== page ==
Karyl's Reviews > Enemies of the People: My Family's Journey to America

Enemies of the People by Kati Marton
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's review
Jan 30, 2012

really liked it
bookshelves: library-reads, 2012, non-fiction
Read from January 30 to February 03, 2012

I'm a bit too young to have felt the fear that ran through the Cold War years. Yes, in my childhood we still had the USSR, and we still had stories of defections, but I didn't get the same sense of sheer terror that the Marton family must have lived under behind the Iron Curtain in the 1950s. I cannot even imagine being imprisoned and interrogated just for being a journalist with close ties to American diplomats, but that is exactly what happened to both of Kati Marton's parents. It's shocking and even disgusting to see the way in which secret agents in Cold War Hungary worked, the way in which they would take the most innocent statement or activity and twist it into evidence of supporting The Enemy, in this case, America. But somehow the Martons survived not only WWII and the Holocaust, though Mrs Marton's parents were exterminated at Auschwitz, but also the Cold War in Hungary, finally seeking refuge in the United States. While dry at times, this book reveals the complex characters of all involved on both sides of the Iron Curtain with plenty of evidence from the Hungarian secret police files to back up Marton's revelations.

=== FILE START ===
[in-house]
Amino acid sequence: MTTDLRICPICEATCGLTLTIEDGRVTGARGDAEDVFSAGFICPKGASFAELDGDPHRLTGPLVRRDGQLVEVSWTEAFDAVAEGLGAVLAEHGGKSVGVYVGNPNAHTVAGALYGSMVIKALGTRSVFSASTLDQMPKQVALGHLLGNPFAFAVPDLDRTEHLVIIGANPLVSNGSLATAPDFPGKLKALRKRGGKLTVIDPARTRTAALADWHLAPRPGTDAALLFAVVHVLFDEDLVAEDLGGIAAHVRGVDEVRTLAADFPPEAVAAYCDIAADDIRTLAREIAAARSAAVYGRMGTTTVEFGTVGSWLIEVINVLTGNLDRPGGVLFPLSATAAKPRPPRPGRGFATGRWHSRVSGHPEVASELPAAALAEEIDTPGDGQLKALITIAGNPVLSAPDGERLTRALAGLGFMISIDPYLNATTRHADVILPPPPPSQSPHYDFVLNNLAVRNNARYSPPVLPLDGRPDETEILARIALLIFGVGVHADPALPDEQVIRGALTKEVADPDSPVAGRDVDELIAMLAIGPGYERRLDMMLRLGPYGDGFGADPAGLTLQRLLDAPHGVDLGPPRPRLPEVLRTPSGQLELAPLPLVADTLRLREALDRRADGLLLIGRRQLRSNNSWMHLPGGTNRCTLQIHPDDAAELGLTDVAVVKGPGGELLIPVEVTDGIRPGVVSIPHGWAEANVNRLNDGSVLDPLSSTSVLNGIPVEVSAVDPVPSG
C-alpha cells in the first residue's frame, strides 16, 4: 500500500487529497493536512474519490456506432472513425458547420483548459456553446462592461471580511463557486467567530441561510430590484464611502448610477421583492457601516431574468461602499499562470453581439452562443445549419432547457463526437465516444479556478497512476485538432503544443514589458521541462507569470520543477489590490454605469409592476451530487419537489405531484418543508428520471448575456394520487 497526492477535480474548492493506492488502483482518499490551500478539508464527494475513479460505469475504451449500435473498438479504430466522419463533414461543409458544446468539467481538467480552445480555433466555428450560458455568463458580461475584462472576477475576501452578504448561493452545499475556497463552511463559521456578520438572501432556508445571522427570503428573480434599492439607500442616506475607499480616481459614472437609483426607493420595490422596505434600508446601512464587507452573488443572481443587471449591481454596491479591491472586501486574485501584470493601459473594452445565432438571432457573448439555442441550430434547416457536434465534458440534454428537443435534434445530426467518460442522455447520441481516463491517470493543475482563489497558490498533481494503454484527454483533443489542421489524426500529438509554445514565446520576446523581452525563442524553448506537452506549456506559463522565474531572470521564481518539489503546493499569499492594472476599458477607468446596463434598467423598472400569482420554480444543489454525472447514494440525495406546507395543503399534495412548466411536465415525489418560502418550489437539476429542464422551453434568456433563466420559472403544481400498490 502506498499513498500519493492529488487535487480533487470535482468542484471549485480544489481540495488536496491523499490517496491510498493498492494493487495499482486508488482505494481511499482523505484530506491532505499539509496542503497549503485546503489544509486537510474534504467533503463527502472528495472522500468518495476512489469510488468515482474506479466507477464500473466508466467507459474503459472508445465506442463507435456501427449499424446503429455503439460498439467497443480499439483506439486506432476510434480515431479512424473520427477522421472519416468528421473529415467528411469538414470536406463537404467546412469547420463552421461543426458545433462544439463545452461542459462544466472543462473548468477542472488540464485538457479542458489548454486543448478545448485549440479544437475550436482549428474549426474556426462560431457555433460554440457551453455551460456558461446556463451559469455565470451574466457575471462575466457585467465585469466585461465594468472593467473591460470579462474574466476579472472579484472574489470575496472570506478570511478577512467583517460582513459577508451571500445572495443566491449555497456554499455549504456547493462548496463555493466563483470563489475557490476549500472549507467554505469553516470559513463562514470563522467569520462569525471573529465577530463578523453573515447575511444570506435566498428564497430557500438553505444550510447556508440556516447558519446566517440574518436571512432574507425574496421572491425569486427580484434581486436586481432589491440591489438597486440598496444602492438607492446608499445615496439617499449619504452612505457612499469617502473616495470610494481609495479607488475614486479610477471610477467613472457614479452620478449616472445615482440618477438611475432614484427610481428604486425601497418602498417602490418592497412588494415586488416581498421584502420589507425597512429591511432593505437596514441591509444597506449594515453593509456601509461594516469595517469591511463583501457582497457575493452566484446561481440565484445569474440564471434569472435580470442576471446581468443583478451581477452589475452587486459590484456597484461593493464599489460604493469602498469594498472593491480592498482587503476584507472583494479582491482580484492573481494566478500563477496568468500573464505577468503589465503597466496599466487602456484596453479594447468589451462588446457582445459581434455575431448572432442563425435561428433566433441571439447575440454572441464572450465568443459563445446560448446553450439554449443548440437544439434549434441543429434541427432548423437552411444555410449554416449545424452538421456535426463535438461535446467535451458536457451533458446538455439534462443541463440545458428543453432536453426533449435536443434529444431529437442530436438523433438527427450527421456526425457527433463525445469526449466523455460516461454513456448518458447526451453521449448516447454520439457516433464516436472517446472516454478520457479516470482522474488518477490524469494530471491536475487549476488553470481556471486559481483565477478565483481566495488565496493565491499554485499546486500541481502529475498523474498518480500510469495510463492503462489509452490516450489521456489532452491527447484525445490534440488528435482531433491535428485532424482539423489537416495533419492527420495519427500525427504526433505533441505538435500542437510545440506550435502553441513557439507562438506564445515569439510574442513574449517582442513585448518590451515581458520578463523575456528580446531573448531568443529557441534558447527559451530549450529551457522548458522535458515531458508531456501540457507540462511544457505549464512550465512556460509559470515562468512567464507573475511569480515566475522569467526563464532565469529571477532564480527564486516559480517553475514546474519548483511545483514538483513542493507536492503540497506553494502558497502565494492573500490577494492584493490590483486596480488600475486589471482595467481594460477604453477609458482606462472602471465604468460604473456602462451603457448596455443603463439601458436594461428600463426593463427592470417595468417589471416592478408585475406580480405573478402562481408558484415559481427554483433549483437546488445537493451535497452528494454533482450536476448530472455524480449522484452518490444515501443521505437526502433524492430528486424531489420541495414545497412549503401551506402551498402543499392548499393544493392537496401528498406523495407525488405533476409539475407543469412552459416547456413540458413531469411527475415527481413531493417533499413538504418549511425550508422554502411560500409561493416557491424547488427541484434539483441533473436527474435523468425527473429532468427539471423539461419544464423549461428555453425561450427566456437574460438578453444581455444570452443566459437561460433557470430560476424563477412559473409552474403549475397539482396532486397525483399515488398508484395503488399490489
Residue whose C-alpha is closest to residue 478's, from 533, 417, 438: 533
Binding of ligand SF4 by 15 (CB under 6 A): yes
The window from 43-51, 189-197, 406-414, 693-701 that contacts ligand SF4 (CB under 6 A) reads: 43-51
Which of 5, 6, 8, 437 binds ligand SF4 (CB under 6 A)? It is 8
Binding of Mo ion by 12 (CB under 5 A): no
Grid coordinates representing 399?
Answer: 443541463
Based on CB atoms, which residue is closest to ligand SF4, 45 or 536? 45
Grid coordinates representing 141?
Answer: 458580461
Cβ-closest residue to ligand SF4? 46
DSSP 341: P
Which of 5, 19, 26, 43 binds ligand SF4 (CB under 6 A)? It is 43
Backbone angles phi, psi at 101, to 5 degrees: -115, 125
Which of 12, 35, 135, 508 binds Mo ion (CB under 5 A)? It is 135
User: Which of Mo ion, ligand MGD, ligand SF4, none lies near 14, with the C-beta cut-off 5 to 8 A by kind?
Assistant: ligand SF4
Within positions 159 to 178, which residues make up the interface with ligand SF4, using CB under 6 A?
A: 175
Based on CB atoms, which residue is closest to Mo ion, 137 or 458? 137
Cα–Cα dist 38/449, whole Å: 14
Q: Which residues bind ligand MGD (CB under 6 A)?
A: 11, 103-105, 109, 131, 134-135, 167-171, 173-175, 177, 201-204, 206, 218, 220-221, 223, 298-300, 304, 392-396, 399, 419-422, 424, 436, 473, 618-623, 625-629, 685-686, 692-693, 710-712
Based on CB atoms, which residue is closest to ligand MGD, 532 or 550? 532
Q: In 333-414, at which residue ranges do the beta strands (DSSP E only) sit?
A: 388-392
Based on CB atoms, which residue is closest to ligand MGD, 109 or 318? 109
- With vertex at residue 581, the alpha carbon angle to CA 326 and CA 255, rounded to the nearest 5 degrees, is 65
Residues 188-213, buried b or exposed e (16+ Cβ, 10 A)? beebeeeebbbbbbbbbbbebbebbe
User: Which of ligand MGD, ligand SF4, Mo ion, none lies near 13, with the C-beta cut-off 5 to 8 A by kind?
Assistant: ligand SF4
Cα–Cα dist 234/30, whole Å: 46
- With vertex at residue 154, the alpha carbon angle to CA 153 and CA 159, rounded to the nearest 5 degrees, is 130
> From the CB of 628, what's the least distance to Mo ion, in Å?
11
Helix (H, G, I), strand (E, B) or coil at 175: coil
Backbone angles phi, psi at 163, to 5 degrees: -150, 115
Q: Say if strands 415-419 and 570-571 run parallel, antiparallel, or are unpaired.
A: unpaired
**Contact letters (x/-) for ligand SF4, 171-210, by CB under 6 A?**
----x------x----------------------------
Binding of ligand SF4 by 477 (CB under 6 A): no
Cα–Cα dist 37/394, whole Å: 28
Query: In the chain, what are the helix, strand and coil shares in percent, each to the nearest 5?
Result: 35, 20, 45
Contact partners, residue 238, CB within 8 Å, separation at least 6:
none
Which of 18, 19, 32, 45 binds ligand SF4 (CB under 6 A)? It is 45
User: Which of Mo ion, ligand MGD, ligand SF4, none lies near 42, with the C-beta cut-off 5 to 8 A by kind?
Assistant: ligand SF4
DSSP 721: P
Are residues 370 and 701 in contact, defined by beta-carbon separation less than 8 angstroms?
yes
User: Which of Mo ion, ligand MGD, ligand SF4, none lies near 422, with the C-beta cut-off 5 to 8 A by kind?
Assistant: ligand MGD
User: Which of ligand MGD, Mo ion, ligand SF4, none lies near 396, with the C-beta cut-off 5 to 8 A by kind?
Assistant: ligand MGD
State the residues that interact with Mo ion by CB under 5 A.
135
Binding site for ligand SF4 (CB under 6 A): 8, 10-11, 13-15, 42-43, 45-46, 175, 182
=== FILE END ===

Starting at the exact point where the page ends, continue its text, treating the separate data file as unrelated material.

For me, personally, I was surprised to find Marton had been married to Peter Jennings, the voice of my childhood, as we were required to watch ABC Nightly News every evening of my parents. It gives even more of a chill for me to think of the way he reported the fall of the Iron Curtain, how amazing and personal that must have been for not only his wife, but himself, his children, his in-laws. Amazing.

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Reading Progress

01/31/2012 page 15
4.0% "This brings me to an essential mystery of my childhood: having barely survived the Nazis, my parents should have kept their heads down. Yet, when the Communists took over Hungary, my parents brazenly and openly aligned themselves with the new Enemy: the Americans."

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